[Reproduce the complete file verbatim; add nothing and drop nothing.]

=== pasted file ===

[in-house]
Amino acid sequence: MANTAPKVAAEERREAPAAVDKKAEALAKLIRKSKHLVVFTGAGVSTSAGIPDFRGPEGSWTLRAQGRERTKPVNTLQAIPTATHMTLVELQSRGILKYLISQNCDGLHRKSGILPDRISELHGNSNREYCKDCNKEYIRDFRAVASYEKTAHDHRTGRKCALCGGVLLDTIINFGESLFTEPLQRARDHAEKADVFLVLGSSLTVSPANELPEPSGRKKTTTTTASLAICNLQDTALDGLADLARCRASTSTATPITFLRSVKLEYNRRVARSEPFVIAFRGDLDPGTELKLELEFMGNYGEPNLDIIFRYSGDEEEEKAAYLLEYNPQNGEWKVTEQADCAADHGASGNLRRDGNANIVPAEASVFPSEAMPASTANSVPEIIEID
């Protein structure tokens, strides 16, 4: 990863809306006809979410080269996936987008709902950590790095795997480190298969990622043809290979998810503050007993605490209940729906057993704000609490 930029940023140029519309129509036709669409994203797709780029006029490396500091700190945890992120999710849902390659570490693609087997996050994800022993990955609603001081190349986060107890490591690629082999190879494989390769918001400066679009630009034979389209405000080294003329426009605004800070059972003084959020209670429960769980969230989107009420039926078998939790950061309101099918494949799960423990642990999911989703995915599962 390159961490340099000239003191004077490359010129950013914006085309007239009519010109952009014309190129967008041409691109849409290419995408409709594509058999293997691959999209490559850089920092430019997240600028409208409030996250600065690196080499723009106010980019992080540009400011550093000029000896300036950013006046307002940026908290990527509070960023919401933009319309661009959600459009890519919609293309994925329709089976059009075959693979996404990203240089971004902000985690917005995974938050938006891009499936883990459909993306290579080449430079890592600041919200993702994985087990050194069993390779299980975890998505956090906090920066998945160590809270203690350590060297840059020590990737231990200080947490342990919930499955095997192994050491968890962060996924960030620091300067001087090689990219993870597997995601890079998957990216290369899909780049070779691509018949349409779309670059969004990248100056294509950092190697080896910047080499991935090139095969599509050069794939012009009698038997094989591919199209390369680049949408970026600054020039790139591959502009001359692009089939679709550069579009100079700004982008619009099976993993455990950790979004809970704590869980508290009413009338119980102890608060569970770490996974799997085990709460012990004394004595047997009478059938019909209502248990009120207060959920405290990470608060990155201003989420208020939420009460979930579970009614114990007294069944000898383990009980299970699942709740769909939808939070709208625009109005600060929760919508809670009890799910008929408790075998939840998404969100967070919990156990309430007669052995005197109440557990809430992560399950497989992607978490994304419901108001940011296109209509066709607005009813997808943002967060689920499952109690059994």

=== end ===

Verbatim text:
[in-house]
Amino acid sequence: MANTAPKVAAEERREAPAAVDKKAEALAKLIRKSKHLVVFTGAGVSTSAGIPDFRGPEGSWTLRAQGRERTKPVNTLQAIPTATHMTLVELQSRGILKYLISQNCDGLHRKSGILPDRISELHGNSNREYCKDCNKEYIRDFRAVASYEKTAHDHRTGRKCALCGGVLLDTIINFGESLFTEPLQRARDHAEKADVFLVLGSSLTVSPANELPEPSGRKKTTTTTASLAICNLQDTALDGLADLARCRASTSTATPITFLRSVKLEYNRRVARSEPFVIAFRGDLDPGTELKLELEFMGNYGEPNLDIIFRYSGDEEEEKAAYLLEYNPQNGEWKVTEQADCAADHGASGNLRRDGNANIVPAEASVFPSEAMPASTANSVPEIIEID
């Protein structure tokens, strides 16, 4: 990863809306006809979410080269996936987008709902950590790095795997480190298969990622043809290979998810503050007993605490209940729906057993704000609490 930029940023140029519309129509036709669409994203797709780029006029490396500091700190945890992120999710849902390659570490693609087997996050994800022993990955609603001081190349986060107890490591690629082999190879494989390769918001400066679009630009034979389209405000080294003329426009605004800070059972003084959020209670429960769980969230989107009420039926078998939790950061309101099918494949799960423990642990999911989703995915599962 390159961490340099000239003191004077490359010129950013914006085309007239009519010109952009014309190129967008041409691109849409290419995408409709594509058999293997691959999209490559850089920092430019997240600028409208409030996250600065690196080499723009106010980019992080540009400011550093000029000896300036950013006046307002940026908290990527509070960023919401933009319309661009959600459009890519919609293309994925329709089976059009075959693979996404990203240089971004902000985690917005995974938050938006891009499936883990459909993306290579080449430079890592600041919200993702994985087990050194069993390779299980975890998505956090906090920066998945160590809270203690350590060297840059020590990737231990200080947490342990919930499955095997192994050491968890962060996924960030620091300067001087090689990219993870597997995601890079998957990216290369899909780049070779691509018949349409779309670059969004990248100056294509950092190697080896910047080499991935090139095969599509050069794939012009009698038997094989591919199209390369680049949408970026600054020039790139591959502009001359692009089939679709550069579009100079700004982008619009099976993993455990950790979004809970704590869980508290009413009338119980102890608060569970770490996974799997085990709460012990004394004595047997009478059938019909209502248990009120207060959920405290990470608060990155201003989420208020939420009460979930579970009614114990007294069944000898383990009980299970699942709740769909939808939070709208625009109005600060929760919508809670009890799910008929408790075998939840998404969100967070919990156990309430007669052995005197109440557990809430992560399950497989992607978490994304419901108001940011296109209509066709607005009813997808943002967060689920499952109690059994």